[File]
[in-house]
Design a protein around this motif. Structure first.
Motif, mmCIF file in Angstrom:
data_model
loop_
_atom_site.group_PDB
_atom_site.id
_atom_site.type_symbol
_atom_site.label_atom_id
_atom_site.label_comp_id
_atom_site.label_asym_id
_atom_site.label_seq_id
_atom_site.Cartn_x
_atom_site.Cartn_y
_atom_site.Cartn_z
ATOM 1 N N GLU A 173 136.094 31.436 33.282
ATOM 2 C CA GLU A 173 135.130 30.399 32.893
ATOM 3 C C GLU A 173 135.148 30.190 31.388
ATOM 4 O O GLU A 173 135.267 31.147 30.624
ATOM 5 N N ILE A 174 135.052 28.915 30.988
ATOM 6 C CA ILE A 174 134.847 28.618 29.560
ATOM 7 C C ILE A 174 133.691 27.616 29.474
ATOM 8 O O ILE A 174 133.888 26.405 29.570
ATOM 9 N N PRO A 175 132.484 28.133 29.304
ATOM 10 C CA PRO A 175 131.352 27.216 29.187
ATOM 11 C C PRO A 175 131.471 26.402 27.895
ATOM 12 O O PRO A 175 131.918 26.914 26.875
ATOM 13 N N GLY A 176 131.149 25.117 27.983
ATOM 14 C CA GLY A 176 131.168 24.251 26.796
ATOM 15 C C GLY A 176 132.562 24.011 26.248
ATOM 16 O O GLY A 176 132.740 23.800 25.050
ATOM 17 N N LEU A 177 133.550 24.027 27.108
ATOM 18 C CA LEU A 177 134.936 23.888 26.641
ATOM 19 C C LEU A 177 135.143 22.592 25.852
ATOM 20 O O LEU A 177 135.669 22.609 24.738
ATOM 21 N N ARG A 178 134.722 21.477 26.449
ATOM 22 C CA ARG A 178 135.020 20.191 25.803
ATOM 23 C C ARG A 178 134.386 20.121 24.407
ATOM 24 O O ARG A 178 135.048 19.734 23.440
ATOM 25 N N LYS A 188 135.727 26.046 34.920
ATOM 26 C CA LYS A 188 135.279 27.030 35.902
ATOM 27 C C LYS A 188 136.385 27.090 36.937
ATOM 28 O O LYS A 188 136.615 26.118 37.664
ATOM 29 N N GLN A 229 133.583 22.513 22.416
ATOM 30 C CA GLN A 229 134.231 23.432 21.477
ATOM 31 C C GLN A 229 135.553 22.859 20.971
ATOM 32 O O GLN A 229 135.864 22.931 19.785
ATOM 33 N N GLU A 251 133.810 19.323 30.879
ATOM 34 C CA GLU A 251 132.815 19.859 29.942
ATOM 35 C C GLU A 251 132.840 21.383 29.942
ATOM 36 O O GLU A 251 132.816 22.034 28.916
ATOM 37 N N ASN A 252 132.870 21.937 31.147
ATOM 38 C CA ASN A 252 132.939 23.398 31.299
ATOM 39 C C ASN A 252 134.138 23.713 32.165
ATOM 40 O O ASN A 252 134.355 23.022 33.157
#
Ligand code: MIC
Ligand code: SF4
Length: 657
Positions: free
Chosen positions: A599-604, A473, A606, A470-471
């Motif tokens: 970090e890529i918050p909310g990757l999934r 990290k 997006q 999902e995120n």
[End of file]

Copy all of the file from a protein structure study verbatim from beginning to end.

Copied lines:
[in-house]
Design a protein around this motif. Structure first.
Motif, mmCIF file in Angstrom:
data_model
loop_
_atom_site.group_PDB
_atom_site.id
_atom_site.type_symbol
_atom_site.label_atom_id
_atom_site.label_comp_id
_atom_site.label_asym_id
_atom_site.label_seq_id
_atom_site.Cartn_x
_atom_site.Cartn_y
_atom_site.Cartn_z
ATOM 1 N N GLU A 173 136.094 31.436 33.282
ATOM 2 C CA GLU A 173 135.130 30.399 32.893
ATOM 3 C C GLU A 173 135.148 30.190 31.388
ATOM 4 O O GLU A 173 135.267 31.147 30.624
ATOM 5 N N ILE A 174 135.052 28.915 30.988
ATOM 6 C CA ILE A 174 134.847 28.618 29.560
ATOM 7 C C ILE A 174 133.691 27.616 29.474
ATOM 8 O O ILE A 174 133.888 26.405 29.570
ATOM 9 N N PRO A 175 132.484 28.133 29.304
ATOM 10 C CA PRO A 175 131.352 27.216 29.187
ATOM 11 C C PRO A 175 131.471 26.402 27.895
ATOM 12 O O PRO A 175 131.918 26.914 26.875
ATOM 13 N N GLY A 176 131.149 25.117 27.983
ATOM 14 C CA GLY A 176 131.168 24.251 26.796
ATOM 15 C C GLY A 176 132.562 24.011 26.248
ATOM 16 O O GLY A 176 132.740 23.800 25.050
ATOM 17 N N LEU A 177 133.550 24.027 27.108
ATOM 18 C CA LEU A 177 134.936 23.888 26.641
ATOM 19 C C LEU A 177 135.143 22.592 25.852
ATOM 20 O O LEU A 177 135.669 22.609 24.738
ATOM 21 N N ARG A 178 134.722 21.477 26.449
ATOM 22 C CA ARG A 178 135.020 20.191 25.803
ATOM 23 C C ARG A 178 134.386 20.121 24.407
ATOM 24 O O ARG A 178 135.048 19.734 23.440
ATOM 25 N N LYS A 188 135.727 26.046 34.920
ATOM 26 C CA LYS A 188 135.279 27.030 35.902
ATOM 27 C C LYS A 188 136.385 27.090 36.937
ATOM 28 O O LYS A 188 136.615 26.118 37.664
ATOM 29 N N GLN A 229 133.583 22.513 22.416
ATOM 30 C CA GLN A 229 134.231 23.432 21.477
ATOM 31 C C GLN A 229 135.553 22.859 20.971
ATOM 32 O O GLN A 229 135.864 22.931 19.785
ATOM 33 N N GLU A 251 133.810 19.323 30.879
ATOM 34 C CA GLU A 251 132.815 19.859 29.942
ATOM 35 C C GLU A 251 132.840 21.383 29.942
ATOM 36 O O GLU A 251 132.816 22.034 28.916
ATOM 37 N N ASN A 252 132.870 21.937 31.147
ATOM 38 C CA ASN A 252 132.939 23.398 31.299
ATOM 39 C C ASN A 252 134.138 23.713 32.165
ATOM 40 O O ASN A 252 134.355 23.022 33.157
#
Ligand code: MIC
Ligand code: SF4
Length: 657
Positions: free
Chosen positions: A599-604, A473, A606, A470-471
């Motif tokens: 970090e890529i918050p909310g990757l999934r 990290k 997006q 999902e995120n």